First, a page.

We could actually use your input (and anyone else who is facing these issues) to make sure we are heading in the right direction. The requirements we have are:

  • No root access required for installation on a cluster
  • Jobs running on cluster nodes should be submitted to a scheduler (SLURM/PBS/etc)
  • Jobs running on workstations or individual servers should be scheduled by cryoSPARC and run directly
  • A single cryoSPARC instance should be able to run jobs on multiple machines/cluster(s) that have access to the same shared filesystem for project directories
  • Unix user isolation should be possible on cluster systems where users do not have root access

Given these requirements, the plan for the next version is:

  • A single “cryoSPARC master” instance (does not require GPU) is constantly running, serving the webapp, database, and control layers of cryoSPARC.
  • multiple “cryoSPARC worker” nodes can be attached to the master (each requires GPU+SSD). These can be individual workstation/rackmount machines on the same network, or a cluster of nodes that are managed by a cluster scheduler. (note: the machine running master can also be a worker for itself, in the case of a single workstation installation)
  • The master and worker nodes all must have access to at least a common file system where cryoSPARC project and import directories are found (these could be in user home directories, an NFS share, SSHFS mounts, etc.)
  • The master node has an internal queueing system that schedules cryoSPARC jobs that will be launched either on connected worker nodes or a connected worker cluster (user can write a job submission script template for their cluster).

In this setup, a standard cluster install would be to run cryoSPARC master as a regular user (say ‘cryosparcuser’) with the database in the cryosparcuser home directory, then have every other user’s import and project data stored somewhere on the filesystem that the users and cryosparcuser can read+write. This can be done by file permissions or group permissions, but will probably mean that the users can read eachothers files. Then multiple cryoSPARC workers are installed on each workstation and on the cluster nodes, a job submission script template is written for the cluster, and then users can log in to the cryoSPARC master web interface and run jobs on any nodes available or the cluster.

For unix user isolation in the new setup, the solution would be the same as now, that each user must install their own cryoSPARC master instance in their own home directory (including database) and then that user can have import/project dirs in the user’s own home directory. The big difference though will be that the cryoSPARC master instances for each user can all be run on non-GPU nodes inside or outside the cluster (or even all on the same node, or on a login node), as long as cluster nodes can talk to the master node(s) over the network. Then each user can log in to the web interface for their own master instance, and all users can, in a completely isolated fashion, view and submit jobs to their own master instance, that will in turn be submitted to the cluster under their own user name.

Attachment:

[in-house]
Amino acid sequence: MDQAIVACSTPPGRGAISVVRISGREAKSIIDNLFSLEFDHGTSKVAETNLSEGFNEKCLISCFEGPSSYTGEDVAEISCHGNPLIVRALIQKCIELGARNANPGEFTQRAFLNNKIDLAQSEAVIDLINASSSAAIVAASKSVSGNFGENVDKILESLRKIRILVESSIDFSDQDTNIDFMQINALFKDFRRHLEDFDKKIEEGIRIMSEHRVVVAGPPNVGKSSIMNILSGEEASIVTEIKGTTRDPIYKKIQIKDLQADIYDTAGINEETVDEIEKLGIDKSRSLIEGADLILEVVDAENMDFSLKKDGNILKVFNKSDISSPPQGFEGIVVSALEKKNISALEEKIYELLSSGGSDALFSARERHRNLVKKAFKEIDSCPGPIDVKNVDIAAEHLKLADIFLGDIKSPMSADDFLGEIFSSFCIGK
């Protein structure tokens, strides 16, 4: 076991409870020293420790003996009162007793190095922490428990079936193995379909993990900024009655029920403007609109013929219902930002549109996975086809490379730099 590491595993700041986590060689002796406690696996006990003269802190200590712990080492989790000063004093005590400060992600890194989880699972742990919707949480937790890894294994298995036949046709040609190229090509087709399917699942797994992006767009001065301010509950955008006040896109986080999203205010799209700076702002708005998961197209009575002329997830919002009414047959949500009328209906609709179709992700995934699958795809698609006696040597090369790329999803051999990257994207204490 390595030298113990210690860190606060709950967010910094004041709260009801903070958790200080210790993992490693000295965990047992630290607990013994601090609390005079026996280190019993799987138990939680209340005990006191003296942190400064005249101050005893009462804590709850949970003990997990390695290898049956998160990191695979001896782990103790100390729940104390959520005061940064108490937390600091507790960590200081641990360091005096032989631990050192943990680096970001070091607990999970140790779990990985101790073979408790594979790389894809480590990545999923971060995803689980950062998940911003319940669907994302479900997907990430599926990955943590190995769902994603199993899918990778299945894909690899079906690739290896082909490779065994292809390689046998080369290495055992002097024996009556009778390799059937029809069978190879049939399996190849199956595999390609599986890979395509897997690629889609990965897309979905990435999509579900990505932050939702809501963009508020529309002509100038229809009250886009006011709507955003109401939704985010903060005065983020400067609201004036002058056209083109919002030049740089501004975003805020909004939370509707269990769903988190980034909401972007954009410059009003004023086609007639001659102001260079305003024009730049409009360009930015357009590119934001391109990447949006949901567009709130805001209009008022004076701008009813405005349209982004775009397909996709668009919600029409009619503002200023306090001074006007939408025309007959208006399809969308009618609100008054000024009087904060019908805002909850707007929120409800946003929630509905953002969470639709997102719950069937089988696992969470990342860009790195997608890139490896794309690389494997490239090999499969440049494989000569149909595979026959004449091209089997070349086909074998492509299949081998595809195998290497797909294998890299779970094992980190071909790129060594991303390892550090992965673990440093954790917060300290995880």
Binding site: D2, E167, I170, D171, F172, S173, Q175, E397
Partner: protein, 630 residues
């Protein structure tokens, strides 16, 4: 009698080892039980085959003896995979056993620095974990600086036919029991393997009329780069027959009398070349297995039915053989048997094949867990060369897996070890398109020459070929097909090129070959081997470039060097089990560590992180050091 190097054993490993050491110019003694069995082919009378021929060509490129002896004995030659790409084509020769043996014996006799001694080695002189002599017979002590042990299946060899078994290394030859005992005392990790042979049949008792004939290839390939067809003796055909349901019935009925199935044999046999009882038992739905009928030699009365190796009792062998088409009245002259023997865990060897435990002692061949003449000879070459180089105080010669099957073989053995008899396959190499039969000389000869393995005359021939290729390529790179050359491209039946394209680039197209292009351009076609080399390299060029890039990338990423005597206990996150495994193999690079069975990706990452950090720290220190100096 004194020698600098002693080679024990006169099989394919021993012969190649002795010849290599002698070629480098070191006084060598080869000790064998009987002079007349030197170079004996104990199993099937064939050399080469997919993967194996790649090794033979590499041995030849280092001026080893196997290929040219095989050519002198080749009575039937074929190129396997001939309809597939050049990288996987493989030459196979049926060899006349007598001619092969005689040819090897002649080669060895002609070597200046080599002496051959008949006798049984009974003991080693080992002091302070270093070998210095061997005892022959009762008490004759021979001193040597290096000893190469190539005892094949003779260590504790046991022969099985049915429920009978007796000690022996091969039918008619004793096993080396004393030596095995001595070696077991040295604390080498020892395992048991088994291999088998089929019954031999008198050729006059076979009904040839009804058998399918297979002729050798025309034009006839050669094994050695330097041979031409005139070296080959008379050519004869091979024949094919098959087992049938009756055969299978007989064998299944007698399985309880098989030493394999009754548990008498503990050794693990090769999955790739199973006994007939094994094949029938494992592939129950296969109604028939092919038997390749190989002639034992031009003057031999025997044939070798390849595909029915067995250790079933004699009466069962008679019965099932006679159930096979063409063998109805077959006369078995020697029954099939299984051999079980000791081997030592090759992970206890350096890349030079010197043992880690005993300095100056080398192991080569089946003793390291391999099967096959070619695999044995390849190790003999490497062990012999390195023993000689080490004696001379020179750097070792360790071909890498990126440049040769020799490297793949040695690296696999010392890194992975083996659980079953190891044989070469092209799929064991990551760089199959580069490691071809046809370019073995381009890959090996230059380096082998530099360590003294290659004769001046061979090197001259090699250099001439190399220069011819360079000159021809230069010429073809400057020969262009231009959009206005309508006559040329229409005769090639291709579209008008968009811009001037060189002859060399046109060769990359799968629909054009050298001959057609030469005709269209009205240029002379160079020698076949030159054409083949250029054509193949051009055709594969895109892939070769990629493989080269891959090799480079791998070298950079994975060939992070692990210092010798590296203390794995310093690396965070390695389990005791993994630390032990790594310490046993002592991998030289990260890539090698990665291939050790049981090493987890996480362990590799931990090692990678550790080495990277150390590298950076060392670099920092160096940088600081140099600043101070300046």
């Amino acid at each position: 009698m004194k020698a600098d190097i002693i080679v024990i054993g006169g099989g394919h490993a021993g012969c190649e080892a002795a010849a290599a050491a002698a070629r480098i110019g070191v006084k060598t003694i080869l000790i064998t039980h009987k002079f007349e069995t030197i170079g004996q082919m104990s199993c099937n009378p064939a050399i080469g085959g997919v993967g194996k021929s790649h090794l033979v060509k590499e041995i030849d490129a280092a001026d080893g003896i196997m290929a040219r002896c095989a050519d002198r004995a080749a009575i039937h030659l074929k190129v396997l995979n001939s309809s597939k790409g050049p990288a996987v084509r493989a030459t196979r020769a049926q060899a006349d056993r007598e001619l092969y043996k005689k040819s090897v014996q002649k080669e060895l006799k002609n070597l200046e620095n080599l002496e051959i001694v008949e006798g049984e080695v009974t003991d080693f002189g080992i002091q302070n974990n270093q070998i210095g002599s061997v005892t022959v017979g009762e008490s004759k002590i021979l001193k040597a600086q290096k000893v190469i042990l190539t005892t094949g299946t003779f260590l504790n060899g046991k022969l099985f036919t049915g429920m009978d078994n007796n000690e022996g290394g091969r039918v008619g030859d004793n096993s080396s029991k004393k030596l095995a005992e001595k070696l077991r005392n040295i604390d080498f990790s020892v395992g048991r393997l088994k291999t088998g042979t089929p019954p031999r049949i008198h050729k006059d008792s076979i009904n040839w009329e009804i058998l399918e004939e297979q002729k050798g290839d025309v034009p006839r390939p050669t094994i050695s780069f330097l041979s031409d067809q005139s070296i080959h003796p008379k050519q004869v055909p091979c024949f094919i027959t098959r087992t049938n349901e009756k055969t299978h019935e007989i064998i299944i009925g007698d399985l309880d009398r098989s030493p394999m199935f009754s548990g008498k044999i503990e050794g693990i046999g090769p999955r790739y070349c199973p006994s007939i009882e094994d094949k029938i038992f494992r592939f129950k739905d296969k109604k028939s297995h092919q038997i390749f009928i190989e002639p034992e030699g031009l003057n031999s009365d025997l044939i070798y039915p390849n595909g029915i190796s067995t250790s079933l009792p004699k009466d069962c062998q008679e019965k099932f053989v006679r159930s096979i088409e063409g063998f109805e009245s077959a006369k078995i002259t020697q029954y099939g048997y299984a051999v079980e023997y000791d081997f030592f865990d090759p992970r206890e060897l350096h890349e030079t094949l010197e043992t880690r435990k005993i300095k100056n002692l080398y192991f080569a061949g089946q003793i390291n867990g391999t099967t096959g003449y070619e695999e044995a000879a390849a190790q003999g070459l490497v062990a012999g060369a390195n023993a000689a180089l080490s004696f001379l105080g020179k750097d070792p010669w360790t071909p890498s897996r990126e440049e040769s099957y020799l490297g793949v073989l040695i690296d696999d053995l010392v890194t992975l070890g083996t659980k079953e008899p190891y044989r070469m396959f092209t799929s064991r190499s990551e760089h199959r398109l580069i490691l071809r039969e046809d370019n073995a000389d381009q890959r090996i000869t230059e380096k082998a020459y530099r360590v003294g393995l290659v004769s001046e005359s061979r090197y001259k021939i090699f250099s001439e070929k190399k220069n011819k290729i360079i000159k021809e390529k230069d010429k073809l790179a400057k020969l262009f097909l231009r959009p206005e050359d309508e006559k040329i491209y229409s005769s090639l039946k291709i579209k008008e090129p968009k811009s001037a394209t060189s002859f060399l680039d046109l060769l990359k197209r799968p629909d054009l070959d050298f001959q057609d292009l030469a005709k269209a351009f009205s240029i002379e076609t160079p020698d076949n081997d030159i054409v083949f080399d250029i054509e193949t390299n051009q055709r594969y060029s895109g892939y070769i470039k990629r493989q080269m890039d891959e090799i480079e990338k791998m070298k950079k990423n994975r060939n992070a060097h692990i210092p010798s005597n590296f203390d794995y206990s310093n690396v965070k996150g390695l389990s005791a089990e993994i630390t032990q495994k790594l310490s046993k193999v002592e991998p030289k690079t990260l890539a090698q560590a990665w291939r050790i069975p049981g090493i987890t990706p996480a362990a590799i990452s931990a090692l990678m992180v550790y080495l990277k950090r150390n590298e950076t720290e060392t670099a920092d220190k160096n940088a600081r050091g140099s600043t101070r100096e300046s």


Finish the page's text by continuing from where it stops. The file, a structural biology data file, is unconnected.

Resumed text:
The above solution is much much simpler than attempting to have the cryoSPARC master instance run as root or with some setuid privileges, because this has the potential to introduce serious security holes in a cluster system, and would also require root sysadmin access to install on clusters that are not owned by a lab.

It would be great to get your thoughts on the above, especially whether or not the new setup that we are building will serve your needs. One nice thing about this setup is that the same cryoSPARC master instance in a big lab will be able to manage projects and jobs for all the users, and submit them seamlessly to cluster nodes or workstations or rackmount servers as required from the same web interface.

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@olibclarke @DanielAsarnow @jelka @rdrighetto or anyone else using cryoSPARC on a cluster, your input would be welcome as well, thanks!

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I am trying to set a cryoSPARC instance that will run in a cluster. So far, the biggest problem is the connection to the license server. Some clusters have limited accesses therefore communication with the server is a bit troublesome.

Thanks @jhm13c - cryoSPARC v2 will only require a connection from the master node rather than the worker nodes.

That is great news, is there a time line for the v2?

Sounds ok to me but it would be so much better to have a single install for the whole cluster and each user just having his/her own database/data/license file in his home dir. That way, single users don’t have to install by themselves and it is probably more compatible with diverse systems and cloud solutions. And the program is independent from the data.
For instance, we are using sbgrid and this does not seem compatible with it.

Let me know what you think.

I just came across this… If v2 implements this plan, it would certainly be a great improvement in usability and would ease of user adoption.